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Providing non-judgmental and non-criticizing support for family and friends of end-stage alcoholics through one-on-one coaching, support groups, blog posts, workshops and public speaking.

Wednesday, December 17, 2014

Yes, you can enjoy the holidays...

Am I really writing about Christmas AGAIN? It seems that I just wrote about last year’s Christmas and here we are with another holiday season coming at us at light speed.

For most families the holidays are filled with laughter, happy tears, hugs and expressions of love. But for many families these days are fraught with fear and anxiety because living with an alcoholic is like living with a time bomb set to explode at an unpredictable time and place. A Christmas party that should be a joyful event often turns into an embarrassing scramble trying to get the drunken spouse out the door after he/she has literally picked up the punch bowl and used it to make an off-color toast. Then there are the helpful friends who attempt to keep the drunk from getting behind the wheel of his car. Even after the alcoholic has left the building, conversations drift toward the realm of “Did you see what Alice did? So glad she left.” Instead of discussing the shopping bargains on toy treasures, everyone is talking about the unfortunate life of the alcoholic’s spouse or the alcoholic.

During the fifteen years I was separated from Riley, my Christmas season was filled with being around family and friends. I dressed up and went to parties and enjoyed the company of others without the worry of what my husband was doing or saying. I enjoyed those fifteen Thanksgivings, Christmas and New Year celebrations.

Someone asked me what was the easiest way to get past the holiday season when you have an alcoholic in the house? I’m not sure there is an easy way to do anything with an alcoholic present. Here are some things that I've done over the years to lessen the stress for the entire family.


Limit the number of holiday events attended with the drunken spouse.  This isn’t too difficult if you just say that there will be no alcohol served at the event. Most times alcoholics only want to go to places where they can drink. So you go alone or you take your kids or you take a non-drinking friend. You will be far more relaxed and able to enjoy this time if you aren’t looking over your shoulder and expecting disaster every minute.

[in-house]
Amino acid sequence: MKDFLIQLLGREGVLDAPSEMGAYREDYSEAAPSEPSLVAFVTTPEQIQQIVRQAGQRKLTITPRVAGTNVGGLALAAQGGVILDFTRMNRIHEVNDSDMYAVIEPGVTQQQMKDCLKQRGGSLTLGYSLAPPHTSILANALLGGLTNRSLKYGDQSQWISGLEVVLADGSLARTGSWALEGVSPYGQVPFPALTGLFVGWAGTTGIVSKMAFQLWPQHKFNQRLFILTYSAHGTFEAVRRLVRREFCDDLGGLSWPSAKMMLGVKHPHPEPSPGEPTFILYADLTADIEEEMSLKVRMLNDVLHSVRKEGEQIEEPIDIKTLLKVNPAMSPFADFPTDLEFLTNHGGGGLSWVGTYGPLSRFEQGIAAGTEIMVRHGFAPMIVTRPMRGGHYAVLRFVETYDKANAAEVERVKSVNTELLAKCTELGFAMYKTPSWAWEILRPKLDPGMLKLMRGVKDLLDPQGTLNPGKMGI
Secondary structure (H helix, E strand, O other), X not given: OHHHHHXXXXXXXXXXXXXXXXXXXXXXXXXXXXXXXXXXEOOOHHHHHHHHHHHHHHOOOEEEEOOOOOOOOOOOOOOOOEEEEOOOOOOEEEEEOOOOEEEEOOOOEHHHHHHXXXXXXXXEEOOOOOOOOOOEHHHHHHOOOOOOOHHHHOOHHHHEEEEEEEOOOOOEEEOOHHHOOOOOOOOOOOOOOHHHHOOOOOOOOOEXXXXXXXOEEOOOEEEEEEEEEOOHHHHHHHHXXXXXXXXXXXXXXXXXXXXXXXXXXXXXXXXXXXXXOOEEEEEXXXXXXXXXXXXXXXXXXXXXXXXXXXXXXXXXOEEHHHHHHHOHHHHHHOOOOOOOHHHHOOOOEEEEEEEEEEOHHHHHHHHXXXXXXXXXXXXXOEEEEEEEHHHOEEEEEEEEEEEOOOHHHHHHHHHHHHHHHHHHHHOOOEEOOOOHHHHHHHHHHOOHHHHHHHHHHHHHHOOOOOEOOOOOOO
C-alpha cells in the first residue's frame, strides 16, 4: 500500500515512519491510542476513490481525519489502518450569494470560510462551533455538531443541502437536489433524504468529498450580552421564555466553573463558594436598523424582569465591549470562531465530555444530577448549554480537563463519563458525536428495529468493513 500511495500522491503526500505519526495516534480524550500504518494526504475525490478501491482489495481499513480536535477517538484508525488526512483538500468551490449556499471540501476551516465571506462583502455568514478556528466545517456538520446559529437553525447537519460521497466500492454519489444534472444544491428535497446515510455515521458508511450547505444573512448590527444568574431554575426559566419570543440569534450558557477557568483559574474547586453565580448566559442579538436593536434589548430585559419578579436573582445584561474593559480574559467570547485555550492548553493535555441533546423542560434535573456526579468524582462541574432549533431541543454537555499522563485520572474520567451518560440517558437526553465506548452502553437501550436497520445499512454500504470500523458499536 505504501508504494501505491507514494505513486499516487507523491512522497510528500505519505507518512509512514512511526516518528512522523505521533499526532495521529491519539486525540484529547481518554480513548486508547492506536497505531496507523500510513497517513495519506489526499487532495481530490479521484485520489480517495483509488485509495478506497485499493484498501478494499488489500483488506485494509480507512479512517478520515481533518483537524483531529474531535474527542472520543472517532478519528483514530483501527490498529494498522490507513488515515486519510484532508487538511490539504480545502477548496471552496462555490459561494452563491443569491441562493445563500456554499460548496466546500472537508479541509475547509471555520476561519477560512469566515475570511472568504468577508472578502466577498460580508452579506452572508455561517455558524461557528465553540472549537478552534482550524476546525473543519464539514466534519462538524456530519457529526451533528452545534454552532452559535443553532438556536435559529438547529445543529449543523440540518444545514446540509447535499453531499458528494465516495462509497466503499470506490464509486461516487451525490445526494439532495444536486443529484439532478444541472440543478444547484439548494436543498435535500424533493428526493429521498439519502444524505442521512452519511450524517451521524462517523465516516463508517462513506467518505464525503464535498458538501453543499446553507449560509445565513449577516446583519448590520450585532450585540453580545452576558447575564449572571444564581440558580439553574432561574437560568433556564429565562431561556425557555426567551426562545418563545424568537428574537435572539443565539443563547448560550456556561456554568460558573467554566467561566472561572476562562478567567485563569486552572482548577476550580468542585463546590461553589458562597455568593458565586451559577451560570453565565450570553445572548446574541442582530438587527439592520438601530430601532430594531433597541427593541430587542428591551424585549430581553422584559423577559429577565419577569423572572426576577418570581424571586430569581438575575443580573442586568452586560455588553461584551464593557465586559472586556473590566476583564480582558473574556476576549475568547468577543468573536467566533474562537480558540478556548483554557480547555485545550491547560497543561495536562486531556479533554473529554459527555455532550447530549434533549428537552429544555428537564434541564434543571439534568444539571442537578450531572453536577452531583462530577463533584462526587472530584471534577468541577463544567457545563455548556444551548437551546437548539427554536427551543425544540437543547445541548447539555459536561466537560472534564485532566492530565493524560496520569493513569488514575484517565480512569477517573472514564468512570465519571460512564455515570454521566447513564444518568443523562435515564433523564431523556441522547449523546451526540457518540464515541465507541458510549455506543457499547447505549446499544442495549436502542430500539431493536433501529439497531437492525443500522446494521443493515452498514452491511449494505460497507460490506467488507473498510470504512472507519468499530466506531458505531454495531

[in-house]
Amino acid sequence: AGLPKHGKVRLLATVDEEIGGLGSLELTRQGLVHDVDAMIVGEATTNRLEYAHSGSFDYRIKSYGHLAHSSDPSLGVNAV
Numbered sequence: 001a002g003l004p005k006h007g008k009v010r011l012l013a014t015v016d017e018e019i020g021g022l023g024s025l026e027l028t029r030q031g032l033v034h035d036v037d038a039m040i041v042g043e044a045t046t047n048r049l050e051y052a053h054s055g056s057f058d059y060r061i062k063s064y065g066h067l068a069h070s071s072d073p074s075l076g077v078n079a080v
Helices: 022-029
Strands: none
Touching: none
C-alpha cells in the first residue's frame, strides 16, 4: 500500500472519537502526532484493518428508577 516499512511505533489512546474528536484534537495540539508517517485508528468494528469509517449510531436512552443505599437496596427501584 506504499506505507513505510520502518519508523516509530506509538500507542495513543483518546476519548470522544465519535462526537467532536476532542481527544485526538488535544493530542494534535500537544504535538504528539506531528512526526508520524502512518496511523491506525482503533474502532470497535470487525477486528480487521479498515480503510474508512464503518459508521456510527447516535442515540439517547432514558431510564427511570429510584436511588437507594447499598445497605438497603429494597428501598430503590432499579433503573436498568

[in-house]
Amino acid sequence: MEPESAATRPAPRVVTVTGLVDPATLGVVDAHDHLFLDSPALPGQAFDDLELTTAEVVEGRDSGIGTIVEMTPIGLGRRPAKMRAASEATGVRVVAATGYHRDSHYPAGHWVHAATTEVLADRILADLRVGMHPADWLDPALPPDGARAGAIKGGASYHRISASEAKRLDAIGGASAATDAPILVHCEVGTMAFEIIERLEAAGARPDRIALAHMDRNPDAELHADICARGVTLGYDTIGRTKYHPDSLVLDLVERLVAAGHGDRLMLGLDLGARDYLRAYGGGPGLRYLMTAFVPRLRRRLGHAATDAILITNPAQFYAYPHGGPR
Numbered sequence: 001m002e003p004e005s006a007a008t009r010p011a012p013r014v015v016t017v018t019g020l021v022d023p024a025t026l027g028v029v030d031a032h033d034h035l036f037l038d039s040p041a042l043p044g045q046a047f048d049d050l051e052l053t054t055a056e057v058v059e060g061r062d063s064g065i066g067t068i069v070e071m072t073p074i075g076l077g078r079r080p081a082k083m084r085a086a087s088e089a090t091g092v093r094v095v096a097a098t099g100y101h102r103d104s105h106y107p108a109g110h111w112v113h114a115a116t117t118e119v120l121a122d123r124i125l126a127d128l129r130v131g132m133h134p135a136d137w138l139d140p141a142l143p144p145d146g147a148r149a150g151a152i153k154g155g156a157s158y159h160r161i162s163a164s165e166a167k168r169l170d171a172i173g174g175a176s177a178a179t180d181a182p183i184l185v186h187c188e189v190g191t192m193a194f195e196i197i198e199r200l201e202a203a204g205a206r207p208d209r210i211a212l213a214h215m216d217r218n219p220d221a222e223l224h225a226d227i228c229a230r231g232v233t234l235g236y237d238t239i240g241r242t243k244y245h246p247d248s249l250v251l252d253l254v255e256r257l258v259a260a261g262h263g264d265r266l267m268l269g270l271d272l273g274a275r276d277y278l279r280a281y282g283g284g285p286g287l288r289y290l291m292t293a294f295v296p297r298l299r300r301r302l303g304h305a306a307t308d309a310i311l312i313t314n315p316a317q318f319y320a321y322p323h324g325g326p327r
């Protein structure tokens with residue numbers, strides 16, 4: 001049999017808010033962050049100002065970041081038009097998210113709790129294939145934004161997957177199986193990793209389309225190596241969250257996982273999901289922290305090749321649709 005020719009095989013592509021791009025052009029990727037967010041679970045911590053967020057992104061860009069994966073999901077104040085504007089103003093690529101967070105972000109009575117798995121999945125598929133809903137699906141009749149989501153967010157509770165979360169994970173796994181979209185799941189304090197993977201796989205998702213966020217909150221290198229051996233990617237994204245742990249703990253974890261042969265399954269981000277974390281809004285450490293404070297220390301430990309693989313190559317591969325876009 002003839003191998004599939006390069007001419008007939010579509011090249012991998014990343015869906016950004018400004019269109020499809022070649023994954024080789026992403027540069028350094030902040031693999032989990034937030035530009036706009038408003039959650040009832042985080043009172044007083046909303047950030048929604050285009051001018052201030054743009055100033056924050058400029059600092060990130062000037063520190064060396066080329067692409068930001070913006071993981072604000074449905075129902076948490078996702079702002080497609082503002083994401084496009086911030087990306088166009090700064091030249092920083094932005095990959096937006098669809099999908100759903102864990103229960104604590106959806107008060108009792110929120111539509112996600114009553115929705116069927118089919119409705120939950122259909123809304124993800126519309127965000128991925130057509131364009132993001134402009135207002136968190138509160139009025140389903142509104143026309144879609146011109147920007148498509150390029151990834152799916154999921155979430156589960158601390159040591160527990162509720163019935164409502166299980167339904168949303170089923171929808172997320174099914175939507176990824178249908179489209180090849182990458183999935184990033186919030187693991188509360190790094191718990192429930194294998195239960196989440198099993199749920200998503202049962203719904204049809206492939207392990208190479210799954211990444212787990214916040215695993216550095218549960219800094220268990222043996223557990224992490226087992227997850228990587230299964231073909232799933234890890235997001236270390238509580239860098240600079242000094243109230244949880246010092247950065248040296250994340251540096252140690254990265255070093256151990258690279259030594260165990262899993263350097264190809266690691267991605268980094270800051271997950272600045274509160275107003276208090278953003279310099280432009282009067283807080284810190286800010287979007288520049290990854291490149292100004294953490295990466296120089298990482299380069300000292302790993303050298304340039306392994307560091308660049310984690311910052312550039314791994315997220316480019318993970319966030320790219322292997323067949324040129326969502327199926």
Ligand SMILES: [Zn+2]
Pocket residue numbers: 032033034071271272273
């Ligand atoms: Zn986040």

If you have small children, you must be their Santa Claus. It will be up to you to do the “Santa” shopping. If there are toys, such as bicycles, to be assembled do it when the drinking spouse isn’t home. Get out your tool box and follow the directions. When asked who put the bike together, just say that the store assembled it for you. Leave some small item that needs assembling for the spouse to put together in order to avoid a confrontation due to feelings of being left out. This is not the time of year to “make a point” or even open the door to a possible fight. You’ll have lots of time for that after New Year’s Day.

Limit you guest list. Only invite your very closest friends and family to your home. Now is not the time to get to know those new neighbors who just moved in down the street. If anything happens that could be antagonistic or embarrassing, it’s best that it happens among people who know you, love you and understand your situation.

Make up your mind to celebrate and enjoy this time. I often felt that there was nothing about the Christmas holidays that was worth celebrating or joyous in any fashion. But if you look around you there is plenty to celebrate. You managed to survive the year and that in and of itself is cause for celebration. Celebrate the fact that you are loved by someone – anyone – whether that’s your children, siblings, parents, and/or God. Better yet, celebrate the fact that you are capable of loving someone else. Sometimes it is just a matter of BELIEVING you have something to celebrate/enjoy that can make all the difference between hating and loving a holiday.

Find pleasure in the little things. Put those mini-marshmallows in your hot chocolate and to make it even more special, make them the mint flavor with Mexican chocolate. That’s worth celebrating. Listen to your favorite holiday music with your headphones so you can play the same songs over and over again. And, even sing those songs out loud. Add some of your favorite dishes to your holiday dinners even if they are not the proper season for the dish. I like watermelon or cucumber salad and don’t forget strawberry short cake or fried green tomatoes. Not in season, hard to find fresh ingredients – but so worth the money, time and effort.

Make an escape. Even reading a new book can make you feel a bit special. Take a 20 minute break away from everything and escape into another world. If the only way to find the time to do that is to take a bath – fill the tub with bubbles, grab that book and hide out in the bathroom. Of course, if the book is The Immortal Alcoholic’s Wife (now out on Amazon.com) – that’s even better because you might see yourself in those pages and find some humor in the chaos.

Most importantly – be happy and have wonderfully peaceful holidays during this 2014 season!

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